Boy survives rattlesnake bite


For 7-year-old Wyatt Meyer it was a bad ending to a good day. He and his friend Kostya Marowitz had just returned from a trip to town last week when disaster struck.

“I had taken Kostya with us to the Tar Pits, and when we got back, his mom was to meet us at the 76 station at Corral Canyon,” said Patricia Hill-Meyer. “While we were waiting for her, the boys jumped up on this big rock and then climbed about five feet above it. Then he screamed.”

Wyatt said he had been bitten and said he heard a rattle. Kostya said he saw the snake but that it was black, and he didn’t hear the rattle.

“I was standing about 50 feet away. I saw something dirt-colored moving in the dry grass, but I didn’t see that it was a snake,” Hill-Meyer said. “Then blood was running down his leg — he had on shorts, tennis shoes and socks — he was bitten in the back of the calf. We headed to Urgent Care. They cleaned the blood off and looked for the puncture wounds.”

By this time, Wyatt was beginning to think he might die, and fear was producing another set of symptoms. “He had heard that it would go to his heart and kill him. He was so terrified that he was hyperventilating,” Hill-Meyer said. Then the doctors saw throbbing under his bottom lip at the corners (signs of what they called particulating) so they called for the helicopter to take him to UCLA.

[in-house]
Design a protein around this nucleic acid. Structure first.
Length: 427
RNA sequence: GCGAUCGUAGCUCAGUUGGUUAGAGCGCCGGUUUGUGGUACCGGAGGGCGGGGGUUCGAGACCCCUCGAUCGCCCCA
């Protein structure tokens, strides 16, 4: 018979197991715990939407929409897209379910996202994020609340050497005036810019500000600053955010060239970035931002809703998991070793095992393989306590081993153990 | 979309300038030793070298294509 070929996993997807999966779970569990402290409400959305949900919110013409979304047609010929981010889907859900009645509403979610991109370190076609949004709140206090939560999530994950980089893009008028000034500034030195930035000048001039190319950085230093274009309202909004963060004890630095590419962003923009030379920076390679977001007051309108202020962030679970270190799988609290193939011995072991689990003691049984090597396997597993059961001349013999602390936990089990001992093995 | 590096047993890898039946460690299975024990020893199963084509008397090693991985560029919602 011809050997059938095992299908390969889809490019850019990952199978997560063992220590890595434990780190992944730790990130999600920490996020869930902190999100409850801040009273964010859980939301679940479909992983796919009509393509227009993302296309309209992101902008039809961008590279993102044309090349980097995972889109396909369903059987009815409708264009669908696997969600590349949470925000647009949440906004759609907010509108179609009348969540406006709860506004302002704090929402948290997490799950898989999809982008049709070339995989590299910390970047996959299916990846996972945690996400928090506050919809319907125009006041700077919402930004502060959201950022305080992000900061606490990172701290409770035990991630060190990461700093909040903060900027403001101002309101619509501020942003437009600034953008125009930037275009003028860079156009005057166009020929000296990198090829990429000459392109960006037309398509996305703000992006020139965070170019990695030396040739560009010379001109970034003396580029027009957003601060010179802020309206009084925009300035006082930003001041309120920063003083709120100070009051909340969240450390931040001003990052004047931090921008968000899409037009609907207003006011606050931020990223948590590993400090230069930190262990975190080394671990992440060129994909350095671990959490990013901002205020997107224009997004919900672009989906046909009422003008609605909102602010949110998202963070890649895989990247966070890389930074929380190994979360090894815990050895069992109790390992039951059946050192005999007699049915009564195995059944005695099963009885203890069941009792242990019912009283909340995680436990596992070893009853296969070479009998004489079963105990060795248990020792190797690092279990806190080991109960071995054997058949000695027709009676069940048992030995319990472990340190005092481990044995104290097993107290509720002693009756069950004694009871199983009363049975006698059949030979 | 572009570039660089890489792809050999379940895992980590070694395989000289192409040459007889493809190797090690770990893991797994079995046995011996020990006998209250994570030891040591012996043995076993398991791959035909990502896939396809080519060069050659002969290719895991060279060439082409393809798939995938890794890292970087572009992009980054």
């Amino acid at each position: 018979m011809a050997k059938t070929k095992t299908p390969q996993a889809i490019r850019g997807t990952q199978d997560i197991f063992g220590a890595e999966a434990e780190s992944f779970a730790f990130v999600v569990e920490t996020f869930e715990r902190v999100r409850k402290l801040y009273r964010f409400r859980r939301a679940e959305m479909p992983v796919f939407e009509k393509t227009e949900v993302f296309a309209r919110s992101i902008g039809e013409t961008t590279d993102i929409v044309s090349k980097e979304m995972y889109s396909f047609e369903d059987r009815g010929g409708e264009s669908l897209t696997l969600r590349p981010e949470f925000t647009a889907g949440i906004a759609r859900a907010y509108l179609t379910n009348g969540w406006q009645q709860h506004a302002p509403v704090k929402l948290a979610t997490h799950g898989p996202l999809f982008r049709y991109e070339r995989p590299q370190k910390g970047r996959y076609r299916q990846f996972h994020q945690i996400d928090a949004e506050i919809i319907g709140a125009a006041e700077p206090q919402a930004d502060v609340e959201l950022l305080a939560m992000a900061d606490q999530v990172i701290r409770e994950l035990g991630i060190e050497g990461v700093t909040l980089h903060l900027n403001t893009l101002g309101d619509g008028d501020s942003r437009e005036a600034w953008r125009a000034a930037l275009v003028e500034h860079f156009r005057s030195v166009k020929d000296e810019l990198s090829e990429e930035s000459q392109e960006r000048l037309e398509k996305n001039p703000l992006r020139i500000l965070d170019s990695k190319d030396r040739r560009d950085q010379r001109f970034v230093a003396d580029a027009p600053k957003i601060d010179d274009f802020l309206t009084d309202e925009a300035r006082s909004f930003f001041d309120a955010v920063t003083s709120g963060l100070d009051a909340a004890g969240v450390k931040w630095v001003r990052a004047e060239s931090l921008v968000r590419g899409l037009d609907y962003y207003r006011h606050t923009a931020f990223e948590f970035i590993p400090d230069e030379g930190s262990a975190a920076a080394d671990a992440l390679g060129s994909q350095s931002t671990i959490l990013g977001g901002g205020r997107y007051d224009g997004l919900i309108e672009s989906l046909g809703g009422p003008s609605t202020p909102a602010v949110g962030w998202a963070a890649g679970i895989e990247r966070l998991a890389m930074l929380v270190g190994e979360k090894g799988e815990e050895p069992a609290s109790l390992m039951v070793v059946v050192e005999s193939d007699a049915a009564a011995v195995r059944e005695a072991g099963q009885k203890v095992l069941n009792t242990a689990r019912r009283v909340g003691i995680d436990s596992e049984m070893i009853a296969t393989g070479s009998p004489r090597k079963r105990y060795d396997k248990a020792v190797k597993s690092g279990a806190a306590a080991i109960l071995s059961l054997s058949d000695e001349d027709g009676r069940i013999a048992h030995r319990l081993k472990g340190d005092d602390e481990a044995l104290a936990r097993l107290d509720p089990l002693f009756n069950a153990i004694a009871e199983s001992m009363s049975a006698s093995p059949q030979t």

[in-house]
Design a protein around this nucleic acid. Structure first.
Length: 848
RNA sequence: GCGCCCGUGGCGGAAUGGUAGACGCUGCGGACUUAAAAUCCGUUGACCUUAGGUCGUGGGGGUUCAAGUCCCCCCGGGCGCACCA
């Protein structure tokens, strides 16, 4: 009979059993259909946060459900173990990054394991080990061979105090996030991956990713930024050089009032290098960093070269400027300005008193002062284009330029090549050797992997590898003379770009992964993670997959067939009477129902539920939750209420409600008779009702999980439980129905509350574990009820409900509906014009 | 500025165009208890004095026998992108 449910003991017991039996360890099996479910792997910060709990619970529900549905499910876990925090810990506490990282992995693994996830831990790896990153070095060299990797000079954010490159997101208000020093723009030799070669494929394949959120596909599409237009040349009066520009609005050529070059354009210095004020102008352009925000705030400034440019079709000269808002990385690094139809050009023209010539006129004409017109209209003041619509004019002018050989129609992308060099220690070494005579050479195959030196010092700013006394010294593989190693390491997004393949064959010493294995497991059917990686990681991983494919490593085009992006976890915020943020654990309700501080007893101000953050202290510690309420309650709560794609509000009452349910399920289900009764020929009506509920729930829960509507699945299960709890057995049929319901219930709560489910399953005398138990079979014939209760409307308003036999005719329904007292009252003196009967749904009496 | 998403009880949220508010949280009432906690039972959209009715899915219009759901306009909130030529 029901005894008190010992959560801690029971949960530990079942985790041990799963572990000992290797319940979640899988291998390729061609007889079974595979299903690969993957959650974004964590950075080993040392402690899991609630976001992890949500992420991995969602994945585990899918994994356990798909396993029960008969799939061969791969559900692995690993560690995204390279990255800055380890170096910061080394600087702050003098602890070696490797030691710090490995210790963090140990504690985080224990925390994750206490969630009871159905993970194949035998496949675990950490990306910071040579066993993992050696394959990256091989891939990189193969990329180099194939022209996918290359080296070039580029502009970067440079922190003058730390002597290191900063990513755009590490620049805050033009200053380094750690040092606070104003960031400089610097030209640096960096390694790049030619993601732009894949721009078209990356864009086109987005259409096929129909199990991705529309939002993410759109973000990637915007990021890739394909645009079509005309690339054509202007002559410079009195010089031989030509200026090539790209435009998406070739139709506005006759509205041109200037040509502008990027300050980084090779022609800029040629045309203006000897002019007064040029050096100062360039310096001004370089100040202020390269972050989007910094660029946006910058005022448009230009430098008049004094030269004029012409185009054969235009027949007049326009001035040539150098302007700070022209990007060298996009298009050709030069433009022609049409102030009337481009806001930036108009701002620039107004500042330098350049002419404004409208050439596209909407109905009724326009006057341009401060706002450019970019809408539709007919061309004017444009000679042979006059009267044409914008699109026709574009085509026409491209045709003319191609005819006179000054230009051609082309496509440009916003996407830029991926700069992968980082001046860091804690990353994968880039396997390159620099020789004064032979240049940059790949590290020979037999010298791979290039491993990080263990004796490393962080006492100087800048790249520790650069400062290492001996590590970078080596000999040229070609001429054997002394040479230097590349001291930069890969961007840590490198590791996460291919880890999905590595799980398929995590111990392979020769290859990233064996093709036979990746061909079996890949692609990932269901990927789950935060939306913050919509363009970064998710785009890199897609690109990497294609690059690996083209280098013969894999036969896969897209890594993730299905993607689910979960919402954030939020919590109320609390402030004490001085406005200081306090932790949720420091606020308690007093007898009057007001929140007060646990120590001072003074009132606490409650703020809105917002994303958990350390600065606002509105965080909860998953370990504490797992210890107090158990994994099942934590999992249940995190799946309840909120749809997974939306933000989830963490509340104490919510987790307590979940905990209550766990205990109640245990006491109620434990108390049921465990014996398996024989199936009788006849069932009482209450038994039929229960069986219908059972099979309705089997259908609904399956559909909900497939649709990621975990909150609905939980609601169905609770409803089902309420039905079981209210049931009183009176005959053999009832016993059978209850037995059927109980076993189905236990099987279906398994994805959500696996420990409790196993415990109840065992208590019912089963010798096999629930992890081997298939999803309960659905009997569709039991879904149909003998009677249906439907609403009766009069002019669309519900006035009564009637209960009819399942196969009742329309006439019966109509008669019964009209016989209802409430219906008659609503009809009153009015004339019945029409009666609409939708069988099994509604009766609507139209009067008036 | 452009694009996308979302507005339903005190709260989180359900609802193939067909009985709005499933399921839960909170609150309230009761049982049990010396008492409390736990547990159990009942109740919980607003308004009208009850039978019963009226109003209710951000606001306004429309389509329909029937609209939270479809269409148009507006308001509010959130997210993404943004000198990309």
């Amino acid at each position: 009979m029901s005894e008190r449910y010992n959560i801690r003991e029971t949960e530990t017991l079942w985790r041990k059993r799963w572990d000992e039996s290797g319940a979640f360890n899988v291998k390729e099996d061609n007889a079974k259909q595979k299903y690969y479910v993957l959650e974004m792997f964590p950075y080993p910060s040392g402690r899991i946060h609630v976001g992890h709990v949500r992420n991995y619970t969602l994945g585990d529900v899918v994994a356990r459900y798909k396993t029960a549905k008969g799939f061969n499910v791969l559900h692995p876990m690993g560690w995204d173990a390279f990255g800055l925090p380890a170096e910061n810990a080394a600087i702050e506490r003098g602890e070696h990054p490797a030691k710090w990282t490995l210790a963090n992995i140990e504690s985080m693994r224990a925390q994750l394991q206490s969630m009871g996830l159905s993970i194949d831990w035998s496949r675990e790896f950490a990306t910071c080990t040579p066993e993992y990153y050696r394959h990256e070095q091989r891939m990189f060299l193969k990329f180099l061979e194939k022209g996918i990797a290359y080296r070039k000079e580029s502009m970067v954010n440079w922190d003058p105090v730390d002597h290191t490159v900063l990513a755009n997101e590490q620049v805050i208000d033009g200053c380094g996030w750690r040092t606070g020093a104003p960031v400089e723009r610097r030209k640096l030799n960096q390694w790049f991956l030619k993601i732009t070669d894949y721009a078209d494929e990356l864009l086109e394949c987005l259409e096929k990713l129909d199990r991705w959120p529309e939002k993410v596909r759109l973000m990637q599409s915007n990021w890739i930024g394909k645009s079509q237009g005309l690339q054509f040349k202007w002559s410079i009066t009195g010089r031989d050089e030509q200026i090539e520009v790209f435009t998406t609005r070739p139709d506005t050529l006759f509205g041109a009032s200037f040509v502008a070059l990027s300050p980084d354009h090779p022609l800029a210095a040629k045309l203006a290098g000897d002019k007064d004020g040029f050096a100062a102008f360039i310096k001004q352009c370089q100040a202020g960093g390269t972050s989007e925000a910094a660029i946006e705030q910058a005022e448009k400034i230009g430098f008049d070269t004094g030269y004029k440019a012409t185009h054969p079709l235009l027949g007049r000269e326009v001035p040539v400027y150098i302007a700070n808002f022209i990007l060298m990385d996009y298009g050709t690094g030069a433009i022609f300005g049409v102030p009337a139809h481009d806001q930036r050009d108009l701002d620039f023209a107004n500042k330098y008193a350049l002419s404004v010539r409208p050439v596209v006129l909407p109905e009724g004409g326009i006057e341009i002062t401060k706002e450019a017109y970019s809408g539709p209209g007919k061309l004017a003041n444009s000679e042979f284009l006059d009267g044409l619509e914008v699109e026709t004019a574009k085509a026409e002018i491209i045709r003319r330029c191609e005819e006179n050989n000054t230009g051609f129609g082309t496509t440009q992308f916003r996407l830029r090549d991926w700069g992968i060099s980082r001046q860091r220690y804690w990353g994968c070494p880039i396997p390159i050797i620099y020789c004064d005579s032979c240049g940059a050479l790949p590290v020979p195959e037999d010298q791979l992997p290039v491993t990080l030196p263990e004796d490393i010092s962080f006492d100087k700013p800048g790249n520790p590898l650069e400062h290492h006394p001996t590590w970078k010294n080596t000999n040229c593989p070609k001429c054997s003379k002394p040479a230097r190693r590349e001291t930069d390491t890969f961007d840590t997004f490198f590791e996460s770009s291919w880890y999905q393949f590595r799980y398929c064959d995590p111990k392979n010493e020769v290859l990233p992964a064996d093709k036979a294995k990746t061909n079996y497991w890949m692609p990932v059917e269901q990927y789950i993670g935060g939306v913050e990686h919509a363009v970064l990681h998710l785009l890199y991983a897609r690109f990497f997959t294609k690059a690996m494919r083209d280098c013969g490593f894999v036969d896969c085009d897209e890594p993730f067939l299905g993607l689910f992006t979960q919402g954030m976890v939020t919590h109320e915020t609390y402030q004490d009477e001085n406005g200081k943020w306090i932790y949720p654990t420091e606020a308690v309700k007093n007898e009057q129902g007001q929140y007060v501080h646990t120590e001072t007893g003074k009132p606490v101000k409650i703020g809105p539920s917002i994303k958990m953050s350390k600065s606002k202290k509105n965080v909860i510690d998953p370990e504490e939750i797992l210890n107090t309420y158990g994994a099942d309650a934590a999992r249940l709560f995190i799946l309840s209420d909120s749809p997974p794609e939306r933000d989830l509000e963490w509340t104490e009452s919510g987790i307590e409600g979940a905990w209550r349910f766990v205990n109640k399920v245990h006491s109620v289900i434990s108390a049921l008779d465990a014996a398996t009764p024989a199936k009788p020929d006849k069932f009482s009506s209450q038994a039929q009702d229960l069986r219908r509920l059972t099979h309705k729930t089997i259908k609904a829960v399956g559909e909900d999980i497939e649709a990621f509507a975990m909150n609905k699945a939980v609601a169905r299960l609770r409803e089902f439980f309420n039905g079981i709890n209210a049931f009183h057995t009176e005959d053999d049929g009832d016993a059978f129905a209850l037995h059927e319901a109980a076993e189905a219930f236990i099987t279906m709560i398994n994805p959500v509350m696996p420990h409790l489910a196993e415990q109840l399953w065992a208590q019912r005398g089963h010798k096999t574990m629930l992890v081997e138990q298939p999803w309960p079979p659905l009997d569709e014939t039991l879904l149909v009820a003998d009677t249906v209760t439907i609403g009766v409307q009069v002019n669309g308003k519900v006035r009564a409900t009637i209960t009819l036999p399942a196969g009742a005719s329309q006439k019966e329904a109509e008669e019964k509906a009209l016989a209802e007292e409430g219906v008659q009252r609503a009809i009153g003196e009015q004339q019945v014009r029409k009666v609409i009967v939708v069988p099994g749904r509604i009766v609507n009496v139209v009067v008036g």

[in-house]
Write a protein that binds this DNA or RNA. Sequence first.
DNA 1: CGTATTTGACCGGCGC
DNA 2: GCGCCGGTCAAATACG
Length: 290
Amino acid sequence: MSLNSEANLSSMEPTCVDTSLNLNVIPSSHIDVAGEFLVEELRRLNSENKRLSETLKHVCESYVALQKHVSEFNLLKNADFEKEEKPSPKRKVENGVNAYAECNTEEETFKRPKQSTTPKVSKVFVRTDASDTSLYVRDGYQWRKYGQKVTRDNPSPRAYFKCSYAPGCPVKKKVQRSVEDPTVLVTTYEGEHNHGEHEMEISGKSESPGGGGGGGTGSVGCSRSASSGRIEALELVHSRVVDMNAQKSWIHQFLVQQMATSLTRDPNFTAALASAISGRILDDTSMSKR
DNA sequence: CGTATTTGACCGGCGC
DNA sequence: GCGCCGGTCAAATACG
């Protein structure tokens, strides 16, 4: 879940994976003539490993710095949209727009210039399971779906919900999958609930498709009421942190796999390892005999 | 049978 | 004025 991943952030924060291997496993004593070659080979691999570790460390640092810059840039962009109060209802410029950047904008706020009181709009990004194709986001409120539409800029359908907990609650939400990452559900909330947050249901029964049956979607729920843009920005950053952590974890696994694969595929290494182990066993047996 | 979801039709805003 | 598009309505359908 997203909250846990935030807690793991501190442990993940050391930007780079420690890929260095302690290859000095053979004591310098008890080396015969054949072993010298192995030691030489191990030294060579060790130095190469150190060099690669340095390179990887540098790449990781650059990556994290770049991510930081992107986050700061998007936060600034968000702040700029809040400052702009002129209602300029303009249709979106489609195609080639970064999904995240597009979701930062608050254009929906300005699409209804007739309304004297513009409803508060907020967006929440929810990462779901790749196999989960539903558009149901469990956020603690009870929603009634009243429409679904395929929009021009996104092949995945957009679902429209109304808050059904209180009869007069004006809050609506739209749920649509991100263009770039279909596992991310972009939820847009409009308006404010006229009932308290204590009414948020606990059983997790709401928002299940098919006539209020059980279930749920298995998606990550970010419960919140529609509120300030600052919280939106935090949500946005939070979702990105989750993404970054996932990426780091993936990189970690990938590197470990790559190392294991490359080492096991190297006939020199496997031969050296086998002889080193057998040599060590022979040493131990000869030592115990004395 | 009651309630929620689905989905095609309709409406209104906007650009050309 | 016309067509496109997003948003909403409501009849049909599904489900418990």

“By the time we got to UCLA, they were waiting for us,” Hill-Meyer said. “Dr. Jonathan Feldman, assistant professor of pediatrics, was in the ER, and there was a snake specialist who was heading the ER for the week. We couldn’t help much because we hadn’t seen the snake.”

Doctors gave Wyatt morphine and benedryl, but they wanted to wait before giving antivenin because of possible allergic reactions.

“We watched for more than an hour,” Hill-Meyer said. “It [the area of swelling] was slowly getting bigger and so they decided to give the antivenin about 9 o’clock, every 10 minutes a small amount.

Wyatt’s parents stayed with him through the night in a room in the pediatric wing. “In the morning, he was able to walk enough to get around and we all went home, but Dr. Feldman said we still have to watch for a reaction to the antivenin.”

His mother says Wyatt doesn’t want to talk about it anymore. “His friends all called. It was helpful to talk about it for awhile, but now it’s enough.”

“At least I was there,” Hill-Meyer said. “I’m almost always working. That I could be there for him, this was a blessing.”